In an email from UCSB Housing, Dining & Auxiliary Enterprises, it was announced that the head chef and meal planner for Ortega Dining Commons has regained his sense of taste after 20 years of being bereft of it.
Chef Taye Stless lost the function of his taste buds in 1999 as symptom of a rare foodborne illness which he is rumored to have contracted by eating food he prepared himself. He has been cooking without being able to taste his food since then. His culinary musings during this period of tastelessness developed into what many Gauchos know as Ortega’s signature taste, which has been described as “squishy” and “occasionally pretty good.”
“I would like to thank the University for standing by me in these trying times,” Stless said. “Although this has been a drastic shift in my life, I promise that I will keep the flavors that these students have grown accustomed to, while maybe trying out some salt here and there.”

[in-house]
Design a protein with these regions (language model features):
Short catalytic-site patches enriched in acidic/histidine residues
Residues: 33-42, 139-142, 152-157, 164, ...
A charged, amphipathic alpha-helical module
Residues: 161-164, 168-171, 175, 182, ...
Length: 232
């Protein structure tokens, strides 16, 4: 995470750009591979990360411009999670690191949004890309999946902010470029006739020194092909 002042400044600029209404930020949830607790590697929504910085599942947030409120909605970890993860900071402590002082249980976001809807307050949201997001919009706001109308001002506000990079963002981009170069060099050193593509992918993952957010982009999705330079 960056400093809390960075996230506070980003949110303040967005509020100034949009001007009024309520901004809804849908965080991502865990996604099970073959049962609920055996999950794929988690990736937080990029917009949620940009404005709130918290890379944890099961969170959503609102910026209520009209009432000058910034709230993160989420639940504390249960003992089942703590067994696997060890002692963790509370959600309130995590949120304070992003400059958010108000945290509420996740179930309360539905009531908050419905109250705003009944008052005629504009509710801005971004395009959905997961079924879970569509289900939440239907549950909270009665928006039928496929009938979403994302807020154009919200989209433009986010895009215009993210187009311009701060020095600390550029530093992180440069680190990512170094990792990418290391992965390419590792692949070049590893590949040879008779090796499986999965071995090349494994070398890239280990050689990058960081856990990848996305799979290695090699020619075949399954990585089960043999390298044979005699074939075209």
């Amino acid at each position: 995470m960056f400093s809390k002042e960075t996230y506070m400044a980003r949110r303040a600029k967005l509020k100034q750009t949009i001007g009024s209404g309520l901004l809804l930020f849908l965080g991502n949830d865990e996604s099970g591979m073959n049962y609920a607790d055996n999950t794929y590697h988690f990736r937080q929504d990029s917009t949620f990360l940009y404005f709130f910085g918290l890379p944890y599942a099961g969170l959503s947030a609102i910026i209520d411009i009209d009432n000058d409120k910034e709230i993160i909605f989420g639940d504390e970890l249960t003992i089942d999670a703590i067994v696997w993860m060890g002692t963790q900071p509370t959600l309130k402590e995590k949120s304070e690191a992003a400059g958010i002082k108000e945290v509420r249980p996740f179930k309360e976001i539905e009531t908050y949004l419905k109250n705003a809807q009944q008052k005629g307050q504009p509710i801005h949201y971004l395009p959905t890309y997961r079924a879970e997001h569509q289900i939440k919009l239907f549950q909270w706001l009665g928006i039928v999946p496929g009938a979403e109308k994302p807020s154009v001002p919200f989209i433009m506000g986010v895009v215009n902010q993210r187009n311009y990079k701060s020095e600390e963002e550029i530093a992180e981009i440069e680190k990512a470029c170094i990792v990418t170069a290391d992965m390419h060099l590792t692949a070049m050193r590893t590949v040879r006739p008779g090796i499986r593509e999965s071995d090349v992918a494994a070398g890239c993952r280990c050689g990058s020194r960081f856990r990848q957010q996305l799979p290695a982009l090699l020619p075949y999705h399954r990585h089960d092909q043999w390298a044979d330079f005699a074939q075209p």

Some Gauchos have commended his bravery in the face of a condition that probably should’ve ended his career.
“I just think it’s incredibly brave that despite his complete inability to monitor the quality of food he was providing, Stless never stopped pushing out a definitionally edible product to the masses,” second-year Mallory Comida said.
When asked why UCSB Housing, Dining & Auxiliary Enterprises didn’t reassign Stless to a less taste-centric position, a representative told the Nexus that despite his lack of flavor perception, Ortega has had the lowest number of cases of food poisoning year after year under Stless’ direction.
“When people questioned my ability to continue cooking, I always told them that Beethoven wrote his greatest symphonies after he went deaf so I planned to do the same,” Stless said.
Students who are regularly subjected to the food that Stless and his team produce are cautiously optimistic that the food might improve from the level slop to something more akin to mush.
A. Wiessass is more of a Carillo man himself.